SarbOx: Not Just Dumb, But Unconstitutional?

The U.S. District Court in D.C. is scheduled to hear arguments tomorrow in a lawsuit challenging the constitutionality of the Sarbanes-Oxley corporate finance reform law, filed by the free-market think tank the Competitive Enterprise Institute, the Free Enterprise Fund, and Beckstead and Watts, an accounting firm.

From the CEI press release, the plaintiffs are

asking the Court to declare [SarbOx] unconstitutional under the Appointments Clause of the Constitution. That clause requires major government officials to be appointed by the President and confirmed by the Senate. However, the five-member accounting oversight board is virtually a quasi-private organization with no accountability to the President or the Congress that created it. It has the power to micro-manage companies’ accounting procedures, impose taxes, and fine companies up to $2 million. Complying with the Board’s rules cost the economy more than $35 billion in its first year alone.

Full CEI study on the topic of Sarbanes-Oxley's unconstitutionality.

Full text of court filing by the plaintiffs. (This filing, despite the CEI press release, does not seem to specifically name CEI as a plaintiff.)

My Reason feature roundtable of interviews from various professionals coping with Sarbanes-Oxley's effects, from our January 2006 issue.

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  • lunchstealer||

    We have used SOX compliance issues to tell some of our more annoying coworkers that we need to be in control of the vendor selection process. So while everyone's running around with SOX paranoia as their default mode, it's been a useful bludgeon to get our way. If you're the first person to say "I need things my way for SOX compliance" you tend to get your way, because NO ONE knows what actual SOX requirements are, so if you pretend you do, others tend to assume you do.

    I do feel dirty, though.

  • ||

    We have used SOX compliance issues to tell some of our more annoying coworkers that we need to be in control of the vendor selection process. So while everyone's running around with SOX paranoia as their default mode, it's been a useful bludgeon to get our way. If you're the first person to say "I need things my way for SOX compliance" you tend to get your way, because NO ONE knows what actual SOX requirements are, so if you pretend you do, others tend to assume you do.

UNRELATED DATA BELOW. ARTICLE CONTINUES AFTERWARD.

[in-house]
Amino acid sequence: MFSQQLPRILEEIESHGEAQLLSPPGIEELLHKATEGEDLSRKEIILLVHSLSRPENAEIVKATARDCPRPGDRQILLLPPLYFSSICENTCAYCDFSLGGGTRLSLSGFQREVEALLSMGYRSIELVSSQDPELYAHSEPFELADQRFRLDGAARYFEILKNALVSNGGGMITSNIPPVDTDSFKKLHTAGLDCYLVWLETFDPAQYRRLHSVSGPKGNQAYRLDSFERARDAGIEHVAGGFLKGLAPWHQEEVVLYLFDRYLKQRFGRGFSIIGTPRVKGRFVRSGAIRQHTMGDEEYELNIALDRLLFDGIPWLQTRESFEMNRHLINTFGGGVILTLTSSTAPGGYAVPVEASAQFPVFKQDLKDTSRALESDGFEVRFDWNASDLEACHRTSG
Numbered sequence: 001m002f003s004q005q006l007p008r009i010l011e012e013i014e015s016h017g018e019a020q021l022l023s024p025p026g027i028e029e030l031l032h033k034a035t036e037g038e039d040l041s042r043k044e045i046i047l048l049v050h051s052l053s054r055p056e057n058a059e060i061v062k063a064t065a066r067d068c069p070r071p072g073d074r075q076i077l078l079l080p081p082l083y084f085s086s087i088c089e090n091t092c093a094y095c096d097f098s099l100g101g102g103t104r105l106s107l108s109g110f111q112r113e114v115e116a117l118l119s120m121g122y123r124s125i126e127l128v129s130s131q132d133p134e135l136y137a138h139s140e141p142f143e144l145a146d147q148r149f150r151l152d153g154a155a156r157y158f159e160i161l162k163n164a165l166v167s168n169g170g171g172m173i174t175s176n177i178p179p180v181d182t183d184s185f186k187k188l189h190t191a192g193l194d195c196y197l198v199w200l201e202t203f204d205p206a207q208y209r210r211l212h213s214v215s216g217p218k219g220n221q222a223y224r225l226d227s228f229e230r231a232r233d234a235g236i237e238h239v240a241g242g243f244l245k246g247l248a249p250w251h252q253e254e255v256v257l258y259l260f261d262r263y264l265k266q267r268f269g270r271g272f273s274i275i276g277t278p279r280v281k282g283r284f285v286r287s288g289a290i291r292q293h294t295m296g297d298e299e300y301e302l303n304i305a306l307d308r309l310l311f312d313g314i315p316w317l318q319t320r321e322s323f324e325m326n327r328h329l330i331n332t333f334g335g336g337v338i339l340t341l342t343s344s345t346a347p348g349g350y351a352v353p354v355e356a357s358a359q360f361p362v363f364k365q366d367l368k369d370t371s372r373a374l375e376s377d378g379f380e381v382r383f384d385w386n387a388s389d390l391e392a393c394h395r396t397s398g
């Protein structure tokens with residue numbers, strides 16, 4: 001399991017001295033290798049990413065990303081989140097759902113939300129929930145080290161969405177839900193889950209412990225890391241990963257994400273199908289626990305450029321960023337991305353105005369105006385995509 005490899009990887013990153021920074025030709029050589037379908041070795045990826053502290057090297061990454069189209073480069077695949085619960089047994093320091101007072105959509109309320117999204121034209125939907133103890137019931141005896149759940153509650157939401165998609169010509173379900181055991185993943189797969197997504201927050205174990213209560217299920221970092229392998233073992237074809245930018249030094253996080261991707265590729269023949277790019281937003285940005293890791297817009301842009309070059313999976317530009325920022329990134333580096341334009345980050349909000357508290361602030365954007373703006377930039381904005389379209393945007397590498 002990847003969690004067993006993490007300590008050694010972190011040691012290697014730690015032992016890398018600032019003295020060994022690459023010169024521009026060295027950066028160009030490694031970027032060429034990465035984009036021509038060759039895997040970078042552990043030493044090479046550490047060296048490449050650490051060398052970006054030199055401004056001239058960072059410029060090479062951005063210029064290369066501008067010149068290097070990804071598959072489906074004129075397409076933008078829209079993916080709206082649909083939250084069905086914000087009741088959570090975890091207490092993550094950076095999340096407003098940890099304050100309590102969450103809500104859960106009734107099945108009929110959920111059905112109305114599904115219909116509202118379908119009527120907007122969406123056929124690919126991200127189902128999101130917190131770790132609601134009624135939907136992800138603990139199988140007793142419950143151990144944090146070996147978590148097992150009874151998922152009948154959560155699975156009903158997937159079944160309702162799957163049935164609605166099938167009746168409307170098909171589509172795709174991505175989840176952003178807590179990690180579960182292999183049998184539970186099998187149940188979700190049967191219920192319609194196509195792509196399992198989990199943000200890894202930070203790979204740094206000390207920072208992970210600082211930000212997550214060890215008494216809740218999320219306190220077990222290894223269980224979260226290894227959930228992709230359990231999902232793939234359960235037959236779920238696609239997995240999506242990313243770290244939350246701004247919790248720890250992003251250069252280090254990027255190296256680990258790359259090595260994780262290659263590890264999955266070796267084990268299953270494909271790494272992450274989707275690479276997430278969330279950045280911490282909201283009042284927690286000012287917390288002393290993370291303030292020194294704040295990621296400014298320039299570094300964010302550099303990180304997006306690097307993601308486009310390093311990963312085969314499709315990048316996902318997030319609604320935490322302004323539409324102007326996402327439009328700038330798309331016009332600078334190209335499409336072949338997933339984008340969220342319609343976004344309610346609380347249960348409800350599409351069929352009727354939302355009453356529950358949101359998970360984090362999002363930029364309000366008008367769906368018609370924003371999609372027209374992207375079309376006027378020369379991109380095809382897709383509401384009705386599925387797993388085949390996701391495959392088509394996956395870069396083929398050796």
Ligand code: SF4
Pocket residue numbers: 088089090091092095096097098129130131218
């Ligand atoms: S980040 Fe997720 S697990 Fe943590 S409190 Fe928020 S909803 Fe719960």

Same here. Except I was on the receiving end of those doosies. When the answer to my WHYs was "Uhm its for SOX", I'd just let it go with an "alrite, but its your problem now".

    Never felt the desires to call them on this, cause you just know theres a couple managers behind the guys who just foam at the mouth when you questioned a 'its for SOX' statement.

    Luckily I now work for non-publicaly traded company.

  • ||

    According to the Financial Times, SOX is the primary reason the majority of IPOs are now happening on the Hong Kong and UK exchanges. Of about 290 this year, only 2 were in NY. The othe 280 were in Hong Kong and the UK, a complete turn around from pre-SOX.

    SOX ships jobs overseas.

  • ||

    According to the Financial Times, SOX is the primary reason the majority of IPOs are now happening on the Hong Kong and UK exchanges.

    I wouldn't be surprised if it's also driving the (apparent) trend toward taking companies private that I've been reading so much about. (Of course, that might just be confirmation bias on my part.)

  • ||

    Look, people, the important thing is that the government acted in the wake of Enron and the rest. The efficacy of the legislation was someone's else department.

  • creech||

    And the CPAs are justifying higher fees to privately held corps by claiming they have extra SOX work to do your audit, even if it doesn't apply to you.

  • ||

    "Look, people, the important thing is that the government acted in the wake of Enron and the rest. The efficacy of the legislation was someone's else department."

    Makes sense. Someone kills a cop...round up ALL the niggers.

  • Sam Franklin||

    According to the Financial Times, SOX is the primary reason the majority of IPOs are now happening on the Hong Kong and UK exchanges. Of about 290 this year, only 2 were in NY. The othe 280 were in Hong Kong and the UK, a complete turn around from pre-SOX.